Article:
By the application of similar principles, we shall find, that in forming higher dilutions, the medicine will be progressively attenuated and consequently potentized, whilst after the first dilution, the impurity is, with an equally rapid progression, being restored towards its original relatively dense and inactive condition, i. e.depotentized. In the thirtieth dilution, for example, in the same sense in which the attenuation and potentization of the medicine may be called infinite, that of the impurity is infinitesimal.
The degree in which the dilution of the medicine and impurity at any stage have been effected, may be shown more simply by supposing the whole liquid preserved.* [This is not to a great extent practicable, but the ratio is the same.] One drop being mixed with ninety-nine; the dilution of the drop will be expressed by 100, that of the impurity by 1/100. If the hundred drops of the first dilution thus prepared, be mixed with 9900 of the same kind of impure alcohol, then the medicine will be 10000 times as dilute as in the mother tincture; but as the ten thousand drops contain only one drop of the pure alcohol which originally held the medicine, 1/10000 expresses the degree in which the impurity is diluted by the two operations. By continuing this process, I arrive at the following general formula: The degree of attenuation of the impurity, will always be expressed by a vulgar fraction whose numerator is unity, and its denominator equal to the whole number which expresses the degree of attenuation of the medicine. Or to express it more briefly; The dilution of the impurity is the reciprocal of that of the medicine. Hence when the dilution of the medicine may be called infinite, that of the impurity is in the same sense infinitesimal.
Another case, is that in which the impurity of the attenuating alcohol differs in nature from that of the mother tincture. The former can expand in some degree into the one drop of tincture added, and be slightly attenuated in forming the first dilution. The case is analogous to the preceding, in which the potentization of the impurity of the alcohol rapidly approaches the infinitesimal, and the higher the dilutions, the freer from any potentized impurity.
If in any of the cases, the impurity of either of the tinctures is heterogeneous, so that different particles in the same liquid unite in different molecules, the same principles are applicable and the same results attainable.
But not to be tedious, I will confine myself to a very brief recapitulation of results in all the cases of simple impurities, including that in the mother tincture, as well as that in the attenuating alcohol. Designate the impurity in the mother tincture by the letter A, that in the attenuating alcohol by B. Then,
1st. If A and B are unlike and finite, i.e. not zero; A will be potentized, and the medicine in respect to it will, in all stages, remain as pure as the mother tincture: B will be slightly potentized at first, but rapidly become less so, the higher the dilution; and its potentization will vanish and the whole result in the higher attenuations, become as free from potentized impurity as the mother tincture.
4th. If A and B are identical in nature, and finite, i.e. if the alcohol is all of the same impure kind, then the potentization of both A and B will diminish, and ultimately vanish, and the high dilution be divested of potentized impurity.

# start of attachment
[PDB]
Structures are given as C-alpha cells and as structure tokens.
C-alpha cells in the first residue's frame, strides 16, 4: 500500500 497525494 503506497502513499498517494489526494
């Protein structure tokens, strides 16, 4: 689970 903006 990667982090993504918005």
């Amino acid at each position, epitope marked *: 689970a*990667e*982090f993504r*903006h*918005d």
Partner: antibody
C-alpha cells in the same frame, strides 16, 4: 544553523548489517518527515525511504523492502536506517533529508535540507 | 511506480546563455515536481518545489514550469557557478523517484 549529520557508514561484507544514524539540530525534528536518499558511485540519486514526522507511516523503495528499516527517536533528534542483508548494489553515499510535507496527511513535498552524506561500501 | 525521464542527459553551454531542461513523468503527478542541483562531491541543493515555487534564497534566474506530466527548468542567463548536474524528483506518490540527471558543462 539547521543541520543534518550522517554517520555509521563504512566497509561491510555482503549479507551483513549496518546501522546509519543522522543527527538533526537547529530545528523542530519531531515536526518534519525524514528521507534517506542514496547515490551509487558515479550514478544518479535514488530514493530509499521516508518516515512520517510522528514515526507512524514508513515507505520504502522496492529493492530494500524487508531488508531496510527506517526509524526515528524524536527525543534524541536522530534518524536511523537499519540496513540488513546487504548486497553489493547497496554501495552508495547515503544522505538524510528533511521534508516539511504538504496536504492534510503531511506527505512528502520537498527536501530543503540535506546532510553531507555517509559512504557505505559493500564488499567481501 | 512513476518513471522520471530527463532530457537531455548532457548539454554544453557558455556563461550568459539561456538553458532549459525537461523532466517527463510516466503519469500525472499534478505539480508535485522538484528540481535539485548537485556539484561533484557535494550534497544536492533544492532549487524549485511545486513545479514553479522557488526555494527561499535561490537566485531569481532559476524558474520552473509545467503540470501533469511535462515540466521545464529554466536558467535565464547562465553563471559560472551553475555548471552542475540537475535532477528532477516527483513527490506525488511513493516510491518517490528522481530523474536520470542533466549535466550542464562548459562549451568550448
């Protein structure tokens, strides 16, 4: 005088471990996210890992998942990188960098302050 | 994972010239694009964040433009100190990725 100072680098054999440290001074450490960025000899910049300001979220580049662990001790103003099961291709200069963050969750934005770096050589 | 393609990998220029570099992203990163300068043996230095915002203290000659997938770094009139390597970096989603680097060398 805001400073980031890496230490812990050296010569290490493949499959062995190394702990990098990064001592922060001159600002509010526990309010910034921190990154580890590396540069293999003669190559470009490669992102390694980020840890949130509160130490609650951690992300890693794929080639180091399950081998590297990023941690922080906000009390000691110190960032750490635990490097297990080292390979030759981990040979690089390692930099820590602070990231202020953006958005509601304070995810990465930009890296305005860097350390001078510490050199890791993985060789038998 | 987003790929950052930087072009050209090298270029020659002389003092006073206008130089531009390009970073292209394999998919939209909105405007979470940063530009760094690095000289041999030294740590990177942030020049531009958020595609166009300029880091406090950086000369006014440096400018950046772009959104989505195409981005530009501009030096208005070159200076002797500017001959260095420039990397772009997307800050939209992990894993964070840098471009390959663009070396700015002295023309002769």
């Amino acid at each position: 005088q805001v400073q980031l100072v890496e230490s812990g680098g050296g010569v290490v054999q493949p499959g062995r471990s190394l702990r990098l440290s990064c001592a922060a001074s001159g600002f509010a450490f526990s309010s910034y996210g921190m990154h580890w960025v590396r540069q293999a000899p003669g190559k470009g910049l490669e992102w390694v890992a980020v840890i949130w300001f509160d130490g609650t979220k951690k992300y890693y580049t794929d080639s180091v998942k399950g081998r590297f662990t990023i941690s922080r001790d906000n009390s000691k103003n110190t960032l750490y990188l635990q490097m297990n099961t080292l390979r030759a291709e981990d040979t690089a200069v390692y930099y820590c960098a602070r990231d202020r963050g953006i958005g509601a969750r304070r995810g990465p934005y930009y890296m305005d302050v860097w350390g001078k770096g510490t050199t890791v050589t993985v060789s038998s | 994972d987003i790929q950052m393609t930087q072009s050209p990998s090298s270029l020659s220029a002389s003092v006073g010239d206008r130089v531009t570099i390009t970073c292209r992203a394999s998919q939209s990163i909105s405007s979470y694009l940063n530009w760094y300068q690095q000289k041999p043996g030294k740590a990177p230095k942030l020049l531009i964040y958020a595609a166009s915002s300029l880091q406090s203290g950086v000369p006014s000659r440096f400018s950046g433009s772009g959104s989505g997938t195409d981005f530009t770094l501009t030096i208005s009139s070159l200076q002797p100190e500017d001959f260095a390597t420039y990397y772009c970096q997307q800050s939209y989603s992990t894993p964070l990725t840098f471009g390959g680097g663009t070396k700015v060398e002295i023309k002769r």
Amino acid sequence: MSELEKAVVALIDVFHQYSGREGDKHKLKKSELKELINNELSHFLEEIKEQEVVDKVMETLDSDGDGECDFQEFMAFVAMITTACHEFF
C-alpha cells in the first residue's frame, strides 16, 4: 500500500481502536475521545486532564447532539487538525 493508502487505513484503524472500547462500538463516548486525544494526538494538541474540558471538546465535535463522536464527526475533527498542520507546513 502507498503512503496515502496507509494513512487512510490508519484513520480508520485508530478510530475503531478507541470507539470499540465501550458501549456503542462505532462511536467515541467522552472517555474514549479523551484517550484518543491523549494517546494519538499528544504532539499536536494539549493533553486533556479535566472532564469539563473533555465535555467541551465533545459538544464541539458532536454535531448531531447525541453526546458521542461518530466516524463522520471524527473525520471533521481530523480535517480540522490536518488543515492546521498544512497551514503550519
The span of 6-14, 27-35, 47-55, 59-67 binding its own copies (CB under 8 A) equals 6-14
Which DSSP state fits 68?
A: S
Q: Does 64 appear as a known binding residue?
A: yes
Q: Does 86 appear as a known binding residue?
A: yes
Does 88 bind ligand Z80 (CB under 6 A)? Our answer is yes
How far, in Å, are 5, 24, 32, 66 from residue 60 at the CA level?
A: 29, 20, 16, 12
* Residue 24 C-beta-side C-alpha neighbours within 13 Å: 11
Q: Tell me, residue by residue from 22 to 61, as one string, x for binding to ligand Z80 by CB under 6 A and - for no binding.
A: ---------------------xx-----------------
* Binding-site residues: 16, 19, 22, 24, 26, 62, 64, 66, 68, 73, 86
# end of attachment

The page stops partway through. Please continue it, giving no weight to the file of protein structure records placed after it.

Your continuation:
Hence our medicines, as usually prepared, have great practical purity. The practical purity of attenuations, especially those somewhat elevated, I consider one cause of their great activity.
Another, in my opinion, is the impossibility of their becoming depotentized in the blood; as they cannot meet with any elements of the same kind, sufficiently near their own attenuation to allow of mutual union. When I have seen crystalization take place under the microscope, it was not a gradual growth of larger crystals by the accretion of those invisible; but first the mutual union of those invisible; then the union of visible masses; and afterwards the union of a body formed by these to a mass larger than either. Hence though hydrochlorate, or more properly muriate of soda, exists in the blood, this article, when given in a highly attenuated state, produces unequivocal and decided action.
This influence of dissimilarity of magnitude, also explains why highly attenuated medicines act, notwithstanding they often meet, in the stomach and blood vessels, substances by which they would be chemically neutralized, if presented to them in a grosser form. The same principle indicates, that, though in the preparation of medicines, chemically incompatible substances should, as far as possible, be excluded, in forming the lower dilutions, the higher possess an immunity against any such influence, directly exerted upon them by the attenuating liquid.
Principles similar to those employed in this paper, in relation to dilutions, apply to impurities which may exist in the saccharum lactis with which drugs are triturated, and to those resulting from the abrasion of mortars. They are not sensibly potentized, because new portions of the same material are added at each operation; and if any parts are at first reduced they subsequently reunite.
Here I intended to stop; as my theory of trituration is extremely similar to my theory of solution, which has not yet been controverted. But I find in the British Journal of Homoeopathy an article on “Infinitesimals,” by Dr. Madden, in which he argues against their use, and makes an objection to one part of my theory of trituration.*[Vol. XI. p. 9-10, referring to Joslin's “Principles of Homoeopathy,” p 42-3, British Edition, corresponding to p. 46; American Edition.]